I've mentioned Charles on this blog a few times already, and I've referred to him as my own mentor in a quest to bring Hermann Hesse's "Glass Bead Game" (GBG) into the real world. One of my first posts to this blog was a summary of his own playable GBG variant Hipbone, and I've played around here and here with his idea that the basic "building blocks" of the GBG are "pairings" of two ideas that contain a chiaroscuro of similarities and differences.
He has been a vibrant proponent for a broad-based multimedia approach to Hesse's GBG as a game designer's holy grail, saying that
"...the ideas with which the Glass Bead Game is played may not only be drawn from any discipline, art or science -- they can also be expressed in musical, mathematical, textual, visual or choreographic form. The Game is not a Game of words only, but of ideas of all sorts, musical, verbal, numerical, visual, kinaesthetic... And this breadth of ideation, this willingness to include pictorial, sculptural, architectural and even choreographic ideas within the scope of the game is important, in my view, because it returns the Game itself to the body -- or, better, perhaps, heals the Cartesian split between body and mind and returns us to an earlier unity."There is a transcendent aspect of the GBG implied by his final statement... that returning to an earlier unity ties in with Hesse's idea that playing the Great Game can be considered a kind of sacramental activity. Charles also once wrote:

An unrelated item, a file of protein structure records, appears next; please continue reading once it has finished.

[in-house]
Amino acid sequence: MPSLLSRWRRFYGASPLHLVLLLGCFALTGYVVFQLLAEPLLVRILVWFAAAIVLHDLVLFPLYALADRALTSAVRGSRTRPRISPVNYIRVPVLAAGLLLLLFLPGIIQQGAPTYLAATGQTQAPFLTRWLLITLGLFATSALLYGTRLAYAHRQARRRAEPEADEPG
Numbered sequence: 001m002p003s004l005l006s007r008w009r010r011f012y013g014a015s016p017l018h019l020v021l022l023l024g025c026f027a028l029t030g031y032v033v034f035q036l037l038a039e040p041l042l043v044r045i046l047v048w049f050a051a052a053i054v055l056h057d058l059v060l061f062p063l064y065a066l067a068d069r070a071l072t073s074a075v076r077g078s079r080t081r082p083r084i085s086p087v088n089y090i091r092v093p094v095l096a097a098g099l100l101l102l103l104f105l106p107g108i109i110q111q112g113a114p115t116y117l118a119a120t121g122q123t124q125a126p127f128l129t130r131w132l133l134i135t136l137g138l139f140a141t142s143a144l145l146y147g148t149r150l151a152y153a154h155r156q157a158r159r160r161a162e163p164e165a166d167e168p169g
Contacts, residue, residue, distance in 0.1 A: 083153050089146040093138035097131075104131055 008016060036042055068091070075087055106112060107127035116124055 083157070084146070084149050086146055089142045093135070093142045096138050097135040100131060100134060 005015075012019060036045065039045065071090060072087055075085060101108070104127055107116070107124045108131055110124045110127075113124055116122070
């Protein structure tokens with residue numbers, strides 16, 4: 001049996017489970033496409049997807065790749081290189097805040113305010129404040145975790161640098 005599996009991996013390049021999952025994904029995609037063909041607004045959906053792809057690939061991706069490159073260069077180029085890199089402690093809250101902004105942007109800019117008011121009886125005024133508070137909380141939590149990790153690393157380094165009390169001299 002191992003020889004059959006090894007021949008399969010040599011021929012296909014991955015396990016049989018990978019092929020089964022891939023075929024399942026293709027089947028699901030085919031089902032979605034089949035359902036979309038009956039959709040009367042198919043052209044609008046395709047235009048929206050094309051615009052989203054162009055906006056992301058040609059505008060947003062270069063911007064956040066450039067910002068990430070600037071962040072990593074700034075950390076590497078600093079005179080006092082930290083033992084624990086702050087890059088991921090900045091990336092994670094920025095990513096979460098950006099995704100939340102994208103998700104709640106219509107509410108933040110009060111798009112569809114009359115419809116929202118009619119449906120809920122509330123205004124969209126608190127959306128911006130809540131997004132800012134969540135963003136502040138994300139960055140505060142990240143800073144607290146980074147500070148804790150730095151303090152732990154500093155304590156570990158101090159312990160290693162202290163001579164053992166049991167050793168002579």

"The final issue that I think is important has to do with the meditative aspect of Hesse's Game. I find that when two 'items' from different branches of knowledge have a strong structural resemblance, that contemplating them together can lead to a kind of stereo effect, analogous to stereoscopic vision and stereophonic sound -- which I term stereophany with an 'a', by analogy with such terms as 'epiphany' and 'theophany', both of which refer to the 'shining forth' of some kind of divine essence."I met Charles in person just once, at a conference in (I think) 1999. My life has been made all the richer for my virtual interactions with him. I hope he wouldn't mind if I quote a small bit of an autobiographical piece that he posted to a semi-private GBG mailing list more than a decade ago. It's just a beautiful summary of "living the Glass Bead life..."
"I think that knowledge sticks to us -- all of us -- like burrs when we take a walk in the country. My knowledge has the advantage that I've been footloose and fancy free, and gone where my interests took me -- and that all my life, I've been interested in strange rather than 'normal' things (meaning, not those things which obviously lead to social acceptance such as baseball stats, or to money such as the futures market or advertising and sales techniques or programming in C++, or indeed to academic advancement such as genuine in depth knowledge of a particular specialist field). I've been interested, it seems to me, in glass bead game moves. All my life. With a passion. And pretty much nothing else."If you happen upon this post, Charles, drop me an email and I'll tell you who I am. I think I can trust you. :-)